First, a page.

Christopher R. Hertel
crh at ubiqx.mn.org
Thu Jul 11 17:35:12 GMT 2002
On Thu, Jul 11, 2002 at 07:04:39AM -0700, Tim Potter wrote:
> On Thu, Jul 11, 2002 at 03:57:11PM -0400, Leducq Dominique wrote:
> > Le Mercredi 20 F?vrier 2002 12:51, Tim Potter a ?crit :
> > > Nmbd needs to be running on the local system as there are some lookup
> > > requests send by winbindd that are sent by Windows NT domain controllers
> > > to the incorrect port which is a bug in Windows. ?Nmbd receives these
> > > packets and stores them in a database (unexpected.tdb) which winbindd
> > > reads from.
> > I would need some more details about this. Could you please tell me :
> > - which versions of the OS are involved (NT 4 to XP) ? Only as PDC ?
> > - which kind of requests ?
> > - which port ? (I guess it replies to port 137 or 445 instead of source
> > port of the request...)
> >From memory it is the network request that locates the PDC name on the
> network. I think it is only Windows NT 4 but I haven't tested it. It
> is one of the udp ports - 139 I think.
I haven't followed this closely so I may talking about the wrong things,
but in general terms...
The NBT Name Service is on UDP/137. Early versions of Windows/95 reply to
this port instead of the originating source port when sent a Node Status
Request. I don't know of anything else that makes that mistake, and it
only happens on the Node Status Request, so it's fairly limited.
The NBT Datagram Service is used for service announcement (browse list
stuff). That's on port UDP/138. I have heard that there are problems
with Windows boxes (9x and NT) always replying to 138 when they should
reply to the originating source port. I don't have specifics on that one.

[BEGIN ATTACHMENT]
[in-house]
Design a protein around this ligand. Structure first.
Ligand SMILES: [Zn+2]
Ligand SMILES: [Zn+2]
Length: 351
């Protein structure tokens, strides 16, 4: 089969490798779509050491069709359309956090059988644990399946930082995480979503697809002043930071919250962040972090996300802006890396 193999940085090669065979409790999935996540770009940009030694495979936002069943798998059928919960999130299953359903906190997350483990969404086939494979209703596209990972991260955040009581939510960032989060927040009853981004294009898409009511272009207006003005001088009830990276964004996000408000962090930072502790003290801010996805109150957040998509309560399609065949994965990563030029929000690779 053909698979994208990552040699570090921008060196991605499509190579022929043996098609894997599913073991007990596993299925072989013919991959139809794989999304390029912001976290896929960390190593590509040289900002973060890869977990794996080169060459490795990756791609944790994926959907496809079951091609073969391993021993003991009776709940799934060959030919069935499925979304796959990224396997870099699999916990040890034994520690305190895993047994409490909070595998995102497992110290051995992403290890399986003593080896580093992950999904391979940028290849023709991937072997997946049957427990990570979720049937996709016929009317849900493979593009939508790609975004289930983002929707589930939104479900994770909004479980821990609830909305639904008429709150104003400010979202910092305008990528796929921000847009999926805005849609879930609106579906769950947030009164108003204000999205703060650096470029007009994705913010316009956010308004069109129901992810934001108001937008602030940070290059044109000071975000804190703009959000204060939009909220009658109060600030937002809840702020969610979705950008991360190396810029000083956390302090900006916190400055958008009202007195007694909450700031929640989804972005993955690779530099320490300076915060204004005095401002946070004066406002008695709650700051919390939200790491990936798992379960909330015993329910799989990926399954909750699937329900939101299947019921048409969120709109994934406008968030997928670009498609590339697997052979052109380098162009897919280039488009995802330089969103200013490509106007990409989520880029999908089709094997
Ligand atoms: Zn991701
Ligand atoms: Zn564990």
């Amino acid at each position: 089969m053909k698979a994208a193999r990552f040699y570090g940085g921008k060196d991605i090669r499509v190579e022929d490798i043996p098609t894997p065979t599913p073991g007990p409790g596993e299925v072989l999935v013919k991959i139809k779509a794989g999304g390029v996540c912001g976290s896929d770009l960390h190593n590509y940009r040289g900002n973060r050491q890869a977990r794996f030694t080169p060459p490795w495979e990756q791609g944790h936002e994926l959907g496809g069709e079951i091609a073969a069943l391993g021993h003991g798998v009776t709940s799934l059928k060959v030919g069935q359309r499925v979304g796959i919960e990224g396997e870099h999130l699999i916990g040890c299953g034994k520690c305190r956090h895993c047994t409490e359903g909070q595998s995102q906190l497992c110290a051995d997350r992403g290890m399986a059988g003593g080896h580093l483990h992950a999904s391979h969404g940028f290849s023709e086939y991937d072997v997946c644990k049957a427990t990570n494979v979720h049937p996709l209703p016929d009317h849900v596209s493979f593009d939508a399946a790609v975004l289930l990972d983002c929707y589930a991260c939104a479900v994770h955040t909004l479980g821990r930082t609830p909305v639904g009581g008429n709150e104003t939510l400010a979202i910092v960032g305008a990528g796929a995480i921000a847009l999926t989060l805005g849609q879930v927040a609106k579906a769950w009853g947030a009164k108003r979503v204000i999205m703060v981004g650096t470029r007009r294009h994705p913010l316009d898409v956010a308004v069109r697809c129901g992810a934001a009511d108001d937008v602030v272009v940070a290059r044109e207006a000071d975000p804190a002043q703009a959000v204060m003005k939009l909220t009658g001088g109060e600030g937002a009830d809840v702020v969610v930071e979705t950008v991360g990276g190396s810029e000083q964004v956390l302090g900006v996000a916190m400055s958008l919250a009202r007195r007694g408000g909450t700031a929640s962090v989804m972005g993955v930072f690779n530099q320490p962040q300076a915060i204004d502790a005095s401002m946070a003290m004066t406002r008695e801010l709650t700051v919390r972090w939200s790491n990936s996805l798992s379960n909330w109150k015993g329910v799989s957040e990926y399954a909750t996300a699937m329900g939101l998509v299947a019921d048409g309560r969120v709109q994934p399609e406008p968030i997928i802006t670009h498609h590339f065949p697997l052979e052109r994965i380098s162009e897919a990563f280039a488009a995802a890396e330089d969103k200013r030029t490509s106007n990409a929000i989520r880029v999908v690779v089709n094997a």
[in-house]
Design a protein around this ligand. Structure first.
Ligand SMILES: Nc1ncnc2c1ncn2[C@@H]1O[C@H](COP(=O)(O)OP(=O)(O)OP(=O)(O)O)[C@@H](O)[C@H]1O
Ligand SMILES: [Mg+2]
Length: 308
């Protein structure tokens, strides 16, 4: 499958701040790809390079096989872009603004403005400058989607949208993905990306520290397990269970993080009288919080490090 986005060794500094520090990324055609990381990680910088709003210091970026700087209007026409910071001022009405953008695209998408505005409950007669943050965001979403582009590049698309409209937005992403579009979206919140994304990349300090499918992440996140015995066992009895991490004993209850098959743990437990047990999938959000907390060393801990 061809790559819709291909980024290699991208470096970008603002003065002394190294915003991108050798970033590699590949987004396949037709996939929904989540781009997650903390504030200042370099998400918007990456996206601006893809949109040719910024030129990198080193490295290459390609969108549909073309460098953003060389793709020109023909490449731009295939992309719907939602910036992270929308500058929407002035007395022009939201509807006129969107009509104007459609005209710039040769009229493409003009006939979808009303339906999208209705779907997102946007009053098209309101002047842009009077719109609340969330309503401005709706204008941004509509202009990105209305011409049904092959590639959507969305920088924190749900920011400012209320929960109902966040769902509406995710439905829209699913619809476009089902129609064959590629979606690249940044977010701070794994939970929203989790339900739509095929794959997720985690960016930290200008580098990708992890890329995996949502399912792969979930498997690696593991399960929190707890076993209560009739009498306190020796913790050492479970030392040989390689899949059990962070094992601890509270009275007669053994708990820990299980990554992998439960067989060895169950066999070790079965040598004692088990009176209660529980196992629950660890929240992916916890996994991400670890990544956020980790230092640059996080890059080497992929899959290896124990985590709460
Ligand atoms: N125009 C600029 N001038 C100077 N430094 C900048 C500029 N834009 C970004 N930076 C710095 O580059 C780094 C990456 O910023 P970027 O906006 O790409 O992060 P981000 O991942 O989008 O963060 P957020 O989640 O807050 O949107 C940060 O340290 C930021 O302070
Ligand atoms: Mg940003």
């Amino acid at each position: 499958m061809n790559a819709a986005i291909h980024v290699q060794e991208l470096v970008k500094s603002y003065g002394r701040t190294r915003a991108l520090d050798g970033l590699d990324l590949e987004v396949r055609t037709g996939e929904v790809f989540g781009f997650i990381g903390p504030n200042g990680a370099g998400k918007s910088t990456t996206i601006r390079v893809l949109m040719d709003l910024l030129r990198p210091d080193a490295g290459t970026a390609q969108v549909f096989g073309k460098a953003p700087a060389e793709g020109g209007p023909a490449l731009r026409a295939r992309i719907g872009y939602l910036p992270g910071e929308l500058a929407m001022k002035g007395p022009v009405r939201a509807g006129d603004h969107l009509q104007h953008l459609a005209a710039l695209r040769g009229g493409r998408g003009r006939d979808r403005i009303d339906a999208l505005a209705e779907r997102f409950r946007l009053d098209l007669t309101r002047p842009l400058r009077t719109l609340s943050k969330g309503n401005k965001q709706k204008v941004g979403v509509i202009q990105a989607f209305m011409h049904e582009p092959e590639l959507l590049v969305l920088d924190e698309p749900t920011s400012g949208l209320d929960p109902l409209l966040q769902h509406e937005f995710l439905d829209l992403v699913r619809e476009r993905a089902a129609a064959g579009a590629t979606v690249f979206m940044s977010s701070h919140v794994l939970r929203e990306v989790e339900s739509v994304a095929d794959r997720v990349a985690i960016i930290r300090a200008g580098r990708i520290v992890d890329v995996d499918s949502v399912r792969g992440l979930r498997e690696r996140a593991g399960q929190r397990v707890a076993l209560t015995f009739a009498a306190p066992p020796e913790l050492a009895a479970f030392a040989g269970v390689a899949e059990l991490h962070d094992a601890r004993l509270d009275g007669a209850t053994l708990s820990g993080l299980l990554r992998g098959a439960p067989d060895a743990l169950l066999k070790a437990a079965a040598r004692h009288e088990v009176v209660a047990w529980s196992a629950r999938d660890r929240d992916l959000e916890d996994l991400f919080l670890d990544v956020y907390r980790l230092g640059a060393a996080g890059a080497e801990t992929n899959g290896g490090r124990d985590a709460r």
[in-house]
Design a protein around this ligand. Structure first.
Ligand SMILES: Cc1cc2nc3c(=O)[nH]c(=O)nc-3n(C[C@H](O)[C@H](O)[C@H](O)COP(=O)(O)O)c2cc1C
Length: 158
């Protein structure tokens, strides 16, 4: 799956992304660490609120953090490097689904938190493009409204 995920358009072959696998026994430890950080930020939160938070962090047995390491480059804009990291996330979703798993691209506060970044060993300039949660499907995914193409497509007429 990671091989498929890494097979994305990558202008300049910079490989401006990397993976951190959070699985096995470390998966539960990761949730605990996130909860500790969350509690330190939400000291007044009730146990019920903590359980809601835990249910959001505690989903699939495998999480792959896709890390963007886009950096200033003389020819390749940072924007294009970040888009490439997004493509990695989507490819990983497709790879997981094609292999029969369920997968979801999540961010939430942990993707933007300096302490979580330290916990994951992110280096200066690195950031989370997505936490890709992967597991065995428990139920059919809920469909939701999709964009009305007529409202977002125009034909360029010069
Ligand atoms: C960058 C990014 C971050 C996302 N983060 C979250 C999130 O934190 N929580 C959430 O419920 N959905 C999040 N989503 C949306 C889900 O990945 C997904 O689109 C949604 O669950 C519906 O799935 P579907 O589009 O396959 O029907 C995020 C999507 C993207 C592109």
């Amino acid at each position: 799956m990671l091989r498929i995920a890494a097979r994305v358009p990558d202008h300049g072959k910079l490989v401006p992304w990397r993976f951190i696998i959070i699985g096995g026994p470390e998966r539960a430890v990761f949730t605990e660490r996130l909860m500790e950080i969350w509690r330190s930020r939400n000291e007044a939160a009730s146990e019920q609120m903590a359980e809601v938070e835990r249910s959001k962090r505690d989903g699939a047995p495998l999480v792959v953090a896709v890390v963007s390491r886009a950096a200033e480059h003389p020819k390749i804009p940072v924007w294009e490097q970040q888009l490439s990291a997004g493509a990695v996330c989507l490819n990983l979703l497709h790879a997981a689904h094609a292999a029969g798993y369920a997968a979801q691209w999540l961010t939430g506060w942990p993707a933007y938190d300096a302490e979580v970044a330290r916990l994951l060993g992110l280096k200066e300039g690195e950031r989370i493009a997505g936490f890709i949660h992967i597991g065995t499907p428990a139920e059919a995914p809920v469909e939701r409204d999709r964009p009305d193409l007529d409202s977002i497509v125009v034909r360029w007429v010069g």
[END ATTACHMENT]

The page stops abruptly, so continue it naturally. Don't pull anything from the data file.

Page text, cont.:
If NT is involved, then port 445 isn't an issue. NT runs SMB over the NBT
Session Service, which is TCP/139.
Anyway, if the unexpected.tdb is the reason that winbindd needs nmbd, then
I think it could be made optional. I imagine that winbindd would be
sending regular name queries in order to find the PDC, probably looking
for <ntdomain>#1B. The 1B address is actually the DMB identifier, but in
Windows the DMB and PDC must be the same node. It is possible that a Node
Status query is also being sent, to verify that the 1B node also has the
1C name registered (1C means "I am an NT Domain Controller). That could
be an issue with a Samba DMB. If that's the case, though, W/95 can't be a
PDC anyway so not getting a reply shouldn't be a problem.
Again, I'm not in sync with the discussion so if that's totally bogus
Samba Team -- http://www.samba.org/ -)----- Christopher R. Hertel
jCIFS Team -- http://jcifs.samba.org/ -)----- ubiqx development, uninq.
ubiqx Team -- http://www.ubiqx.org/ -)----- crh at ubiqx.mn.org
OnLineBook -- http://ubiqx.org/cifs/ -)----- crh at ubiqx.org
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